Application of MEMS in Drug Delivery 145
tems to achieve the desired constant drug release profile. Several successful
approaches have been commercialized in the past decade, notably Gliadel®,
poly(anhydride) wafers that release Carmustine (BiCNU®) at a constant rate asthe
polymer degrades, developed for the treatment of malignant brain tumors. An
additional example is Norplant® which contains an anti-contraceptive drug that
is being released at a constant rate via diffusion, as the polymer rods containing
the drug depot degrade over time.
The technological development presently permits the access to delivery
devices which ensure a constant drug release. Thus, expectations of addressing the
more complex pulsatile and dynamic mode drug delivery set the stage for the next
technological development in drug delivery. These needs are rooted into clinically
relevant treatment regiments. Once more, the technological development took
advantage of known polymeric systems and their properties to fulfill such need.
Advances related to discretely modulating a polymer’s mechanical properties in
response to external stimuli such as change in electric or magnetic fields, exposure
to ultrasound, light or enzymes, and changes in pH or temperature have lead to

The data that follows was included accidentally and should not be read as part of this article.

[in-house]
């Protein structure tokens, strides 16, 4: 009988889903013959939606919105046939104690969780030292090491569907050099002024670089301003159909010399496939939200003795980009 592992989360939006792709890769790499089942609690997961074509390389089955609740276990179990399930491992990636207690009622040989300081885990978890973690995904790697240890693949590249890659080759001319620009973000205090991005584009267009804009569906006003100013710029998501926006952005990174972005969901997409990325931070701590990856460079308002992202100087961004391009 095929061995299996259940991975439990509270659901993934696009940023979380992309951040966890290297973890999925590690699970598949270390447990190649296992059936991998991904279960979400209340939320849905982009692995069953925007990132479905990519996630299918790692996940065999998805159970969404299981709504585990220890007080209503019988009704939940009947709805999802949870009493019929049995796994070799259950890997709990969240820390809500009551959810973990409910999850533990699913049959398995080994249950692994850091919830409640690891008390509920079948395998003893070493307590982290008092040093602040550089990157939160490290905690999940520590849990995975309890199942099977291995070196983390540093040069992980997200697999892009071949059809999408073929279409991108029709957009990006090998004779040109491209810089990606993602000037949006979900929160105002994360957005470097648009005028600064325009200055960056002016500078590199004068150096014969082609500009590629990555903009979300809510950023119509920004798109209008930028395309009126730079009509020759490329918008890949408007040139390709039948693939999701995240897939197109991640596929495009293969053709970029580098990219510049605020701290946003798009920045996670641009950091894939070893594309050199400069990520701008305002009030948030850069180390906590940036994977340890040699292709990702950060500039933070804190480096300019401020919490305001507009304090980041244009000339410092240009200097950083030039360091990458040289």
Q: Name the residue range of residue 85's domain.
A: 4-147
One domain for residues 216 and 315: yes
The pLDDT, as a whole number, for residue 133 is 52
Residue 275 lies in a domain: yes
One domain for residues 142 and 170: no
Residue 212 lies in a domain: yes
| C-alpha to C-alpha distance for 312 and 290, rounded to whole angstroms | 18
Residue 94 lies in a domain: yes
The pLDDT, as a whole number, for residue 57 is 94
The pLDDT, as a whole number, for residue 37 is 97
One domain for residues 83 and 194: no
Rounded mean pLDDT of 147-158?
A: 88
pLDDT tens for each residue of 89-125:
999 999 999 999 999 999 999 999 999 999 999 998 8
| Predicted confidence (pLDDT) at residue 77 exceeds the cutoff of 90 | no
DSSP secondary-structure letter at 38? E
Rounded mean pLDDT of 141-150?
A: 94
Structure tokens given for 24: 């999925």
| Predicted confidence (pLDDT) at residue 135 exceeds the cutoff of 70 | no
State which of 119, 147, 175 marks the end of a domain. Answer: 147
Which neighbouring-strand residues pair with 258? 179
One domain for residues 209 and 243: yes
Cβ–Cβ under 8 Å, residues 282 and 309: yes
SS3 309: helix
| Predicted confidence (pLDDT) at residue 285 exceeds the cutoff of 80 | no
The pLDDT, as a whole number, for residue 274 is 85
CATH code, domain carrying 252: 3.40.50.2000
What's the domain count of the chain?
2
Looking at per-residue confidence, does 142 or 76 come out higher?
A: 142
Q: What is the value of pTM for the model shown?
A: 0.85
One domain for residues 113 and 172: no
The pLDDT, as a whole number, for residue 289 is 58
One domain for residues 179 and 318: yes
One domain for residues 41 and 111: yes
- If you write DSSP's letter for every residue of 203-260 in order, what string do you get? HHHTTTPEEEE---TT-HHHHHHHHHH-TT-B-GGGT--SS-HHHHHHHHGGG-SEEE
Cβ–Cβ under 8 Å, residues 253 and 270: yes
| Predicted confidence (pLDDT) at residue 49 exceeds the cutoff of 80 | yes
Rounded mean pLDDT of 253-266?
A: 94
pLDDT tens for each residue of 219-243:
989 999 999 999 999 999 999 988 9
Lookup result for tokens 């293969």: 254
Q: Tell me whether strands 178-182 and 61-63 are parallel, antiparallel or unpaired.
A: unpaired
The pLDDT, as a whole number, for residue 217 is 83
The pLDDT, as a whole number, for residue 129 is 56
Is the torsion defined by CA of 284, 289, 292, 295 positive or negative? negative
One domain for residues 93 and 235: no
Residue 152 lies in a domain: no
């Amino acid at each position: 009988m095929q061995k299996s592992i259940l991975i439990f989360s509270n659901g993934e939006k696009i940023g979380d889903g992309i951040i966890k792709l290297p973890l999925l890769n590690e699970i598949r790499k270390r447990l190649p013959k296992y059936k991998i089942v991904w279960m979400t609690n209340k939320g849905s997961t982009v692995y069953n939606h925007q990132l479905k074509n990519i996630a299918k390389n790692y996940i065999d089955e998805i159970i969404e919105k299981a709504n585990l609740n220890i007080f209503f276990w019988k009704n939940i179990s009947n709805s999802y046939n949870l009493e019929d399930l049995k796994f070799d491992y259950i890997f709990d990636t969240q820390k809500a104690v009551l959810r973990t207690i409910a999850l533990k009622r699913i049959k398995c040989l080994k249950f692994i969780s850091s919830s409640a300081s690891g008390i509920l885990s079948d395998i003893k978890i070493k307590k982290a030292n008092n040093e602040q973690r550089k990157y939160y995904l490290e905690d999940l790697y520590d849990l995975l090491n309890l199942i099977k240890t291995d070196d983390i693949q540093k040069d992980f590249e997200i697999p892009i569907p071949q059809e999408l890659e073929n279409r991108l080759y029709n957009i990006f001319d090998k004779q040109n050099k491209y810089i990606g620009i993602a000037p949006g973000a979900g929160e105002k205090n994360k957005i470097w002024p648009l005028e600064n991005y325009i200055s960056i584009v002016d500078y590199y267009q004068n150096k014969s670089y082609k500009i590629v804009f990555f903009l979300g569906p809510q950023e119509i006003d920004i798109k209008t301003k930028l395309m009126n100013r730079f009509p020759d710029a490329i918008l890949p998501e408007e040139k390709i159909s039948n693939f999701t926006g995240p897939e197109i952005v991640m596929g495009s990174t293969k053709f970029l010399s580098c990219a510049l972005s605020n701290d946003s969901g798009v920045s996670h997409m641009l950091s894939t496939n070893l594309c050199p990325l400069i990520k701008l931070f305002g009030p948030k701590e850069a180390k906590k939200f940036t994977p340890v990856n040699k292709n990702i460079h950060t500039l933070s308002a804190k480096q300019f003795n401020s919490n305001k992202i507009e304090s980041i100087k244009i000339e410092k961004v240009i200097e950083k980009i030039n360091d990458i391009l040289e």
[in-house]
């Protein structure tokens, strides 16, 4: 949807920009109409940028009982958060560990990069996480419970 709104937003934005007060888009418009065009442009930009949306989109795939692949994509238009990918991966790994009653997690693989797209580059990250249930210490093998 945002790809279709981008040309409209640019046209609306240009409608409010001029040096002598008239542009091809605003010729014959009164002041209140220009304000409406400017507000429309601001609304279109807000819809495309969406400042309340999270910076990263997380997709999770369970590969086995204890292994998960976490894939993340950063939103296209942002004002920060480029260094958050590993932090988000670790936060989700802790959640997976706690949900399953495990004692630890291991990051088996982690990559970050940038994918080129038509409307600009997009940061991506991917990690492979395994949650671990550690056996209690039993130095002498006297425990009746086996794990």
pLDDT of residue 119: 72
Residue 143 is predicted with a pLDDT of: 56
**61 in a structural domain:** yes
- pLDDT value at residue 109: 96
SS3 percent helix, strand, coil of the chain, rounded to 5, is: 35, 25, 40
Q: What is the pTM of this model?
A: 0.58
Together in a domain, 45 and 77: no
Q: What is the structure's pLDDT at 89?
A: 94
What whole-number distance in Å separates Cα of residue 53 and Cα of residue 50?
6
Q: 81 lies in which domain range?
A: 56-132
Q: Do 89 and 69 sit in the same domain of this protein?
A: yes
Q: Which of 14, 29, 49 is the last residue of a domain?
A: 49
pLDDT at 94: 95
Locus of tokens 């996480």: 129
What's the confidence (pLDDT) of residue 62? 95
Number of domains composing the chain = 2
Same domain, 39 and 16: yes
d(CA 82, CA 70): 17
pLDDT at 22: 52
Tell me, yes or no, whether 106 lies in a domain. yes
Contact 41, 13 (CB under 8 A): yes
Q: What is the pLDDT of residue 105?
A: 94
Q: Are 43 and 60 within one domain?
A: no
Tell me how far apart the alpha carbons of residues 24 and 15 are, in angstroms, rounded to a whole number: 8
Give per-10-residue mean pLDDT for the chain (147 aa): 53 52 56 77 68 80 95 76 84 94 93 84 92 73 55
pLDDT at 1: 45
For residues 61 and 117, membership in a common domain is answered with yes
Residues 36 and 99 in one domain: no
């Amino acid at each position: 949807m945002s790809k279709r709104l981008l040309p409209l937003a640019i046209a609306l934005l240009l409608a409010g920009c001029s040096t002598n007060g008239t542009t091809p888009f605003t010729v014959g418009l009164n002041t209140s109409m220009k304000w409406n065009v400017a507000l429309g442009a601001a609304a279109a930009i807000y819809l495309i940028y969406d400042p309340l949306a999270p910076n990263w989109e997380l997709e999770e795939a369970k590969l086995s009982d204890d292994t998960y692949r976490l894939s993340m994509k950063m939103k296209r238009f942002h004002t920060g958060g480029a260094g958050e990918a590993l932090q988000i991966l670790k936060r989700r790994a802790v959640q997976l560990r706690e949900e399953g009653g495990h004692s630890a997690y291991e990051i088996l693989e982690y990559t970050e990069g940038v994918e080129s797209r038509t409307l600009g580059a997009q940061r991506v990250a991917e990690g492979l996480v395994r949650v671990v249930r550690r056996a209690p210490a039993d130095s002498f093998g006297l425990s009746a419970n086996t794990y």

some success.
Unfortunately, several limitations to complete control over the
release regiment must be noted:
(a) stimuli application usually leads to a “burst” in drug release, yet, removal of
the source does not stop the release completely,
(b) in some cases, technology has not been capable of miniaturizing the stimulus
source or such source might be too expensive for the development of a com-
mercially viable device,
(c) the need for a completely implantable rather than trans-cutaneous drug deliv-
ery system which has the capability of delivering in a controlled and dynamic
manner a desired and complex drug regiment over extended periods of time
eludes the present technological reality.
Langer’s research group at Massachusetts Institute of Technology (MIT) has
assumed an active role in advancing a viable solution to such complex require-
ments. Their technological strides have materialized into using microfabrication
technology to initiate the development of an implantable multi-array BioMEMS
which allows for remotely activated release of complex drug regiments.
7.1.3 The Host-device Continuum
A fundamental requirement for any in vivo implantable drug delivery system is its
reliable performance over time. A plethora of biomaterials and mechanical devices
have been successfully implanted in the body for decades.
The development of
biomaterials for in vivo use is proof of the ability of the body to tolerate long-term
implants of non-living materials, under certain circumstances. But, in the case of
BioMEMS, tolerance of the device, otherwise known as biocompatibility, repre-
sents only one aspect of the required biological performance. Normal biological
reactions such as protein adsorption, cellular adhesion, and fibrous encapsulation
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